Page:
These three questions that up.  1. “Are stereotypes still around? 2. Why are stereotypes still around? And 3. Why are they perceived negatively?” These questions are what drive me to finalize my thesis. There were two types of approaches I came across about stereotypes. One is controversial, the idea of being a racist. This isn’t my intention at all. Unfortunately as a white female, this is a risky topic to be dipping my feet in without proceeding with extreme caution. While my intentions are honest, and unbiased I definitely don’t want to be perceived as someone I am not. Therefore the other approach of discussing stereotypes is in an educational manner. People that were able to view my researching process jumped into conclusions of their own about who I am and not what I’m doing. People come to their own conclusions they believe without finding out the facts. Which is irony in itself considering I am learning about why people generalize others without knowledgeable information.

My final stages of this thesis will become a publication. As my teacher presented to me the April 2011 issue of WIRED magazine I began to look at it and that sparked this idea of using type and photography in an educating way. Magazines are used as communicative entertainment in a topic people enjoy while staying educated. Which is my exact intention. My first stages of research were to find out about the history of generalizing people. The invention of the printing press, and photography (both used in a magazine) were also the inspiring result and reason why I am deciding to do a publication. The magazine will be called Stereotype-o. Conceptually it will present the meaning that stereotypes have a truth and an error to understanding that truth.


April 2011 issue of Wired magazine cover

The Approach: Educational

The Answer: Publication

The Application: Stereotype-o

Proposal Round FOUR


Stereotype-o in action

Conceptually Stereotype-o presents the meaning that stereotypes have a truth and an error to understanding that truth. Which brought me to my next challenge. Rather it was designing covers or a whole magazine. Choosing covers is a more logical solution because the material that would go inside something of this caliber would take a lot of knowledgeable people and a large diverse group of people. Magazines are commonly known to be monthly, which I started to realize that there is more material that what lies on the surface. During the same process as the cover material, I found myself trying to conceptually find a solution about how the title needs to be typographically treated and found there is a reason why titles are always near the top. There are different ways to communicate an idea on the front of a magazine. Typographically, photographically, both, shape, and color. Going back to basic graphic communication, it’s the most important factor in understanding and learning something so complex such as stereotypes.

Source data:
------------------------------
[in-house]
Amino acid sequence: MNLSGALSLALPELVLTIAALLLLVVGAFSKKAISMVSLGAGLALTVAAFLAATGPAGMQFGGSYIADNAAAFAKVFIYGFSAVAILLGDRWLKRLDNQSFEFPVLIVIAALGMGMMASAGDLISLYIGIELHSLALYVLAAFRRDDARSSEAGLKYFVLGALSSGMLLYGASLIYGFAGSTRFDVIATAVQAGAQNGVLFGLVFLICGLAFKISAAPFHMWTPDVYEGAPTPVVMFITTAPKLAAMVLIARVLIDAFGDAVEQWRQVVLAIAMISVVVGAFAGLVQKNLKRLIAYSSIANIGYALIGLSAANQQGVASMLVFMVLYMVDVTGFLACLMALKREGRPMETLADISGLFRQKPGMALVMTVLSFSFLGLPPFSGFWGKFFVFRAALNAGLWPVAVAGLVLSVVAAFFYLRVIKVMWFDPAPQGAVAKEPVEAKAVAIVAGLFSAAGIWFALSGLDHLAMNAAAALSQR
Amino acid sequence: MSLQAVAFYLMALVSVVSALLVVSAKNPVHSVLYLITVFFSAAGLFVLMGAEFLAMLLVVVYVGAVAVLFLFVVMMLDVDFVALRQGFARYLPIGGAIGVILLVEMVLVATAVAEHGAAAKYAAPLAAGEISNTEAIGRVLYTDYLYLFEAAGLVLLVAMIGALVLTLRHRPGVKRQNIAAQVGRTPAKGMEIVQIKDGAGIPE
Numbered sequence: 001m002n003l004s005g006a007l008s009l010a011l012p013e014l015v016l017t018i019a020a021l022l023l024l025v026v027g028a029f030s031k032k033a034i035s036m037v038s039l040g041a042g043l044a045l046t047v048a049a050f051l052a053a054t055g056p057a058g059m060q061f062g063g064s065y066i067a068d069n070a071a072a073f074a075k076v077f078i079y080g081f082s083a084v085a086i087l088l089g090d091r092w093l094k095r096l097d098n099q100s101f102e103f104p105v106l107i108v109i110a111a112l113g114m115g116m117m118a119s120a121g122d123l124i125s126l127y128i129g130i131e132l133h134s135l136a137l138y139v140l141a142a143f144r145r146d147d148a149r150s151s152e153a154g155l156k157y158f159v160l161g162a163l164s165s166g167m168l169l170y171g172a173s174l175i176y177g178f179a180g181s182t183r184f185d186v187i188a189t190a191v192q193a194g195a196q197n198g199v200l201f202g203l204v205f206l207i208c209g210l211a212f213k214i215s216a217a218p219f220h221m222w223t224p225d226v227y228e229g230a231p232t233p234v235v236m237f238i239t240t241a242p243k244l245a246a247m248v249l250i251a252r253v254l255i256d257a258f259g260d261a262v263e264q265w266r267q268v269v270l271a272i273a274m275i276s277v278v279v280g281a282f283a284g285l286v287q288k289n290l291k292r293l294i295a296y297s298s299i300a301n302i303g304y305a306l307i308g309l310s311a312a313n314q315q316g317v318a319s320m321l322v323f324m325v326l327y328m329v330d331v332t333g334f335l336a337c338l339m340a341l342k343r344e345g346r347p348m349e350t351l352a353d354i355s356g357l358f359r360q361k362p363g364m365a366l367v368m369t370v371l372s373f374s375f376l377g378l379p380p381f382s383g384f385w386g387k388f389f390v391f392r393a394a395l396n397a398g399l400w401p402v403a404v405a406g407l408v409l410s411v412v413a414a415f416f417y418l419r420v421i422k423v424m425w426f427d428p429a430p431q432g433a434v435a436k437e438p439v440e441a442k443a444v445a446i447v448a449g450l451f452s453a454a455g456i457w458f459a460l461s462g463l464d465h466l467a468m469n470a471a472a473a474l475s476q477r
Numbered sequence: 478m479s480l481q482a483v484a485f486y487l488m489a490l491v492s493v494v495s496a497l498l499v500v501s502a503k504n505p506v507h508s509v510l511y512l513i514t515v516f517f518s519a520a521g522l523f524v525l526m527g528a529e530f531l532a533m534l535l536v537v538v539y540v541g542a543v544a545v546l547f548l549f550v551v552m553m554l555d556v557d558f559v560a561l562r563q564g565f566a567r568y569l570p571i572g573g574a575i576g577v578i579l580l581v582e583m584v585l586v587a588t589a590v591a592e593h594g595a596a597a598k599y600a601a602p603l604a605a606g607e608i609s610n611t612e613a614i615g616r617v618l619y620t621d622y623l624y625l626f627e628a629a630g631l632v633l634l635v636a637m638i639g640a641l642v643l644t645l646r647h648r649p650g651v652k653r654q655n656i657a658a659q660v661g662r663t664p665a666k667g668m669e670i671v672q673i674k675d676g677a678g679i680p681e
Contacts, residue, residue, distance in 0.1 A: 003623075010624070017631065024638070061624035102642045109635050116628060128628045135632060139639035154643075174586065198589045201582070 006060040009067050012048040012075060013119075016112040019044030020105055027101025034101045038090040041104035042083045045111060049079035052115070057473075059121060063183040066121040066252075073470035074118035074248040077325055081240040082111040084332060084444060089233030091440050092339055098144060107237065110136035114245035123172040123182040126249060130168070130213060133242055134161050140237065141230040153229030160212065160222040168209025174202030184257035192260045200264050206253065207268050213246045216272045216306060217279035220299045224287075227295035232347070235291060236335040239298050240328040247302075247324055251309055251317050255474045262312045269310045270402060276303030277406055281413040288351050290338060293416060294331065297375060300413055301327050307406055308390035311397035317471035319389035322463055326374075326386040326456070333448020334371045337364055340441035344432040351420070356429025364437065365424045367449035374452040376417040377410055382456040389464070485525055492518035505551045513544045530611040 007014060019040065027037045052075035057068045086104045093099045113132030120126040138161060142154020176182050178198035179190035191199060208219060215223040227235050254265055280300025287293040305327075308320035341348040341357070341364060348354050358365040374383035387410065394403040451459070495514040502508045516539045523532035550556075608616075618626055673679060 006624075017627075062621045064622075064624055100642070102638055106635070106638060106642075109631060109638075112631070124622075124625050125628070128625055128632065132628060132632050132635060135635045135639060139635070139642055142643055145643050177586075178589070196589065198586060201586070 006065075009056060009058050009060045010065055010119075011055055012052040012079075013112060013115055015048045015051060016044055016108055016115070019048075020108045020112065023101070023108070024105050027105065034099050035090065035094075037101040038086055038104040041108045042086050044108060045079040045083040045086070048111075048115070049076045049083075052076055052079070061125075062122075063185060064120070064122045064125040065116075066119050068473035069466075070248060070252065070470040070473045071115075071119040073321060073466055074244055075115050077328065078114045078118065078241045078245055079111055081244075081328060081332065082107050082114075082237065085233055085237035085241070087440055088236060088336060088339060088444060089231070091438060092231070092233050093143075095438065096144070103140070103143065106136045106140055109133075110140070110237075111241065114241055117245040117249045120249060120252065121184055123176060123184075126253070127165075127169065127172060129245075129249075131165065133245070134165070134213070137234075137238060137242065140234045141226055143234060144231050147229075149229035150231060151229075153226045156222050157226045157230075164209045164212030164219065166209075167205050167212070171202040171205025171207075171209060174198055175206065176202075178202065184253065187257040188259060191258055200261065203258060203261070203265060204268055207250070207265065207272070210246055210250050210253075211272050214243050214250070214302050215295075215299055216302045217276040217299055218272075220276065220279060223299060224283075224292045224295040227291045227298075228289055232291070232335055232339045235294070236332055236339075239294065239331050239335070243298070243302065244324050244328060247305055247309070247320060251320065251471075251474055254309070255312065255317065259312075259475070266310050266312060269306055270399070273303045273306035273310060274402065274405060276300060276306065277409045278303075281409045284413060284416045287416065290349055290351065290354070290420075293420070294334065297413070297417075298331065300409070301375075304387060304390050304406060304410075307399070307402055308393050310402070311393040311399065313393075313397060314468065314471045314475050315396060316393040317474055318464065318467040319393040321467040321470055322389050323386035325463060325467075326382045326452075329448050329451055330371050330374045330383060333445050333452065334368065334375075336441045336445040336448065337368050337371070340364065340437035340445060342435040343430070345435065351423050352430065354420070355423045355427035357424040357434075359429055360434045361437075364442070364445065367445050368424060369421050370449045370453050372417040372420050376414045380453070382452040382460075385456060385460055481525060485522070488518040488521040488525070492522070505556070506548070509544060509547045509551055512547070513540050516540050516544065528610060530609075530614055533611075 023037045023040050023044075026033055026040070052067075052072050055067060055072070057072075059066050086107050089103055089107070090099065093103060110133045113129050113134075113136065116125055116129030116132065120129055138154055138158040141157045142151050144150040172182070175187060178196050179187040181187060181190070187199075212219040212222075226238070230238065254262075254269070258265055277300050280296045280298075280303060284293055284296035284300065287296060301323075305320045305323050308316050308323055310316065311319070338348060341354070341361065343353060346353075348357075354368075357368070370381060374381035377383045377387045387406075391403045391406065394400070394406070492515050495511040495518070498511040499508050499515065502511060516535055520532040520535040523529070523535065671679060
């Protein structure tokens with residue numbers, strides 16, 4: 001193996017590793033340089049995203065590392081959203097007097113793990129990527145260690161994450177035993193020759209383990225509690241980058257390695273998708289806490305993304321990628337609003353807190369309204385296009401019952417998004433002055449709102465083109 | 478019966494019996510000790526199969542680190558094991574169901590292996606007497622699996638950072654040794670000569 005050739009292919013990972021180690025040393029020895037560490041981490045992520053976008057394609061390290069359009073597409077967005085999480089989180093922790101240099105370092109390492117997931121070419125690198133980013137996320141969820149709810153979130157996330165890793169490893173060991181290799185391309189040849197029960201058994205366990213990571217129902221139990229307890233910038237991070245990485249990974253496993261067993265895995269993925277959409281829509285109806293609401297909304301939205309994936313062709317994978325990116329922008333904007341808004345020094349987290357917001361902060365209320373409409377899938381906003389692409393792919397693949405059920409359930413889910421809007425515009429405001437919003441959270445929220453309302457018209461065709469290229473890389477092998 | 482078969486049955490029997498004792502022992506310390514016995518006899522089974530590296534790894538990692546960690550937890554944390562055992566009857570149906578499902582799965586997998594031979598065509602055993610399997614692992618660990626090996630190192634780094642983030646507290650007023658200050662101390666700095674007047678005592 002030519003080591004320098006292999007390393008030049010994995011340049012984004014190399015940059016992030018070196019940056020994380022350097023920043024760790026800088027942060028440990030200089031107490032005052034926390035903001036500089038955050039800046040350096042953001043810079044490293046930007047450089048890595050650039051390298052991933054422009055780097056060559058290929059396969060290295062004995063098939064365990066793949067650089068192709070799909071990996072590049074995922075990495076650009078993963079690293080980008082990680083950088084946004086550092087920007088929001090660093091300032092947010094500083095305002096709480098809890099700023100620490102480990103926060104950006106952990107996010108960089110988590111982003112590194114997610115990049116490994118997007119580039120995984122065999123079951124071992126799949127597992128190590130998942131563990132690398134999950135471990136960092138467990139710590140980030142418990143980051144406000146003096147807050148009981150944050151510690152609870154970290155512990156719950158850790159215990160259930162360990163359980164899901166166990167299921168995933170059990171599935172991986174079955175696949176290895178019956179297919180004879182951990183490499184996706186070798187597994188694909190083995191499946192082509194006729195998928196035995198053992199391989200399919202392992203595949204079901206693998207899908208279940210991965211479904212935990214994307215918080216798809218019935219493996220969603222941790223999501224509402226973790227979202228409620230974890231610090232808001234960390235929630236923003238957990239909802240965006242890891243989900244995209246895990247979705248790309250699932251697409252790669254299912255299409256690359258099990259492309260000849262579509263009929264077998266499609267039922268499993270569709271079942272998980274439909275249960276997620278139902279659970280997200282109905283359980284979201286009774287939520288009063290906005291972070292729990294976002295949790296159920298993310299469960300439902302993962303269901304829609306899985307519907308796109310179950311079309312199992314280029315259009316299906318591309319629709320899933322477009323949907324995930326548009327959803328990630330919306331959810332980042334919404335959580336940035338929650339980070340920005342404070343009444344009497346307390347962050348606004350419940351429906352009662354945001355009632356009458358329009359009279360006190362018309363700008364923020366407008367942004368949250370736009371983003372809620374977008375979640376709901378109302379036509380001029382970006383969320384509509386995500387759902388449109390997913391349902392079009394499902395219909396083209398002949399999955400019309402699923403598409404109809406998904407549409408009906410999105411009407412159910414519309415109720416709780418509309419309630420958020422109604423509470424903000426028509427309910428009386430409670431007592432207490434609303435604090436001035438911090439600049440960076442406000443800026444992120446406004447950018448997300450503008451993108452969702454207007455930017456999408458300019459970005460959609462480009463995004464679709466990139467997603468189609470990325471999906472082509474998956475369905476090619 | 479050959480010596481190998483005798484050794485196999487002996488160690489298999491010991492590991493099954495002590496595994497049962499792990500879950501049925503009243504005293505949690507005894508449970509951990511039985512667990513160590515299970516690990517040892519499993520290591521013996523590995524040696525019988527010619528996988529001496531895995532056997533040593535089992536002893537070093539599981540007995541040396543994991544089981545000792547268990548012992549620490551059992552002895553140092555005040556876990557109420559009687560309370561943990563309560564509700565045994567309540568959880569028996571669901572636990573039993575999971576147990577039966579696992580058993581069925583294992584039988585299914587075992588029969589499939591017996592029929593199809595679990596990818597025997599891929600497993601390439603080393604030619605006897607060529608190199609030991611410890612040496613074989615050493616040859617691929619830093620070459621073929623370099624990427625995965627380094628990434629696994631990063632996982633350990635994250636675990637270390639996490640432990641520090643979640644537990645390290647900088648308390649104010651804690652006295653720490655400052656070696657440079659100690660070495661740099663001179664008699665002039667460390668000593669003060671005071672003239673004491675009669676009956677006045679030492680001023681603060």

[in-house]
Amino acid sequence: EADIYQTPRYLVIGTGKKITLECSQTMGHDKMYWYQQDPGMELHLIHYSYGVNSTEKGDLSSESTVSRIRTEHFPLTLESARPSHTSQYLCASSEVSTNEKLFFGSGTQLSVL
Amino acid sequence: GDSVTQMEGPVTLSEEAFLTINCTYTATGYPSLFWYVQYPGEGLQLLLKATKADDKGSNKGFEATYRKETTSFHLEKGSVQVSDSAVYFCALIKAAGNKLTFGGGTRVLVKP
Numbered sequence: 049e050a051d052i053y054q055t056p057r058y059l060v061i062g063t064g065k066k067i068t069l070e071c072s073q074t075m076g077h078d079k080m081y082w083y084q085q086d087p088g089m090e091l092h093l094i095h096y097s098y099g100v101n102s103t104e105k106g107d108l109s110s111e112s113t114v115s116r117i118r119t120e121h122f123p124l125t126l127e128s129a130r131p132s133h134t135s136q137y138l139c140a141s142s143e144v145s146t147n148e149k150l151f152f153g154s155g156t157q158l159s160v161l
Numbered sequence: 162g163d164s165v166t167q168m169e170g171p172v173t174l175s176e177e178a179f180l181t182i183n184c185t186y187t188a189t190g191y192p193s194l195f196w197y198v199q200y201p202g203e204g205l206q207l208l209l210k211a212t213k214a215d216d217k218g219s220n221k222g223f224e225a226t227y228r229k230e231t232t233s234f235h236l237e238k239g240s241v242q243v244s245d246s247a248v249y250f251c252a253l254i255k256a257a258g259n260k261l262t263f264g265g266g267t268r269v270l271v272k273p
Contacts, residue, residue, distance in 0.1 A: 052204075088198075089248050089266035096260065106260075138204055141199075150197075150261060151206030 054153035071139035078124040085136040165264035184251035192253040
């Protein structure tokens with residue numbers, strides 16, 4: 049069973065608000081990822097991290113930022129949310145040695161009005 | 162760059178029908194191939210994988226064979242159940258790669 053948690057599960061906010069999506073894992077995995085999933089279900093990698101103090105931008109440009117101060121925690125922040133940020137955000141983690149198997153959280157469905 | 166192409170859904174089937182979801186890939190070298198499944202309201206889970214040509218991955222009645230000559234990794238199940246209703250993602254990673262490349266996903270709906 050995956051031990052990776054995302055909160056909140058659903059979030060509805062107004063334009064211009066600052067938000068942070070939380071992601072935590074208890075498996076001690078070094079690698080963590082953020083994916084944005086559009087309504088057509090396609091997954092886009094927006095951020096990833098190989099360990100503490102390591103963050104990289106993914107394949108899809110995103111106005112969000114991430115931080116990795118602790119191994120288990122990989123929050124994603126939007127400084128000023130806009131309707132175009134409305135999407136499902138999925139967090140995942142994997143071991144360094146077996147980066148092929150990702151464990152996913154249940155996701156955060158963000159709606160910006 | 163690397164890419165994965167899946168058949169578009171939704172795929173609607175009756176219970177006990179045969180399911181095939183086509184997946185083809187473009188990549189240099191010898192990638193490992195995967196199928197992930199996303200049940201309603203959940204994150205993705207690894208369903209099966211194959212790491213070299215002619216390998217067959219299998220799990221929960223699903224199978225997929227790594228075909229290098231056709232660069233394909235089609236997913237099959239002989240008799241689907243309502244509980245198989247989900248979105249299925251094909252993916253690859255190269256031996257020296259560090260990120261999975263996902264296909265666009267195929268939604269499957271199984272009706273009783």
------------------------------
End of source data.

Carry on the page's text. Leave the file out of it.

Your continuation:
Here are a few sketches:

January: Politics

February: Love

March: St. Patrick’s Day

April: Misc

May: Cinco De Mayo

June: LGBT

July: Misc

August: Misc

September: Misc/Halloween?

November: Misc

December: Religion

June: Misc


April 2011 issue of Wired magazine cover
AIGA Article by Steven Heller The Science of Stereotyping: An Interview with Elizabeth and Stuart Ewen
The Psychology of Stereotypes David J. Schneider
In Love in the lead: The miracle of the seeing eye dog. New York: University Press of America

Influencing factors:

blindpimp Brian Celusnak 
Russell Peters 
21 Jump Street (2012)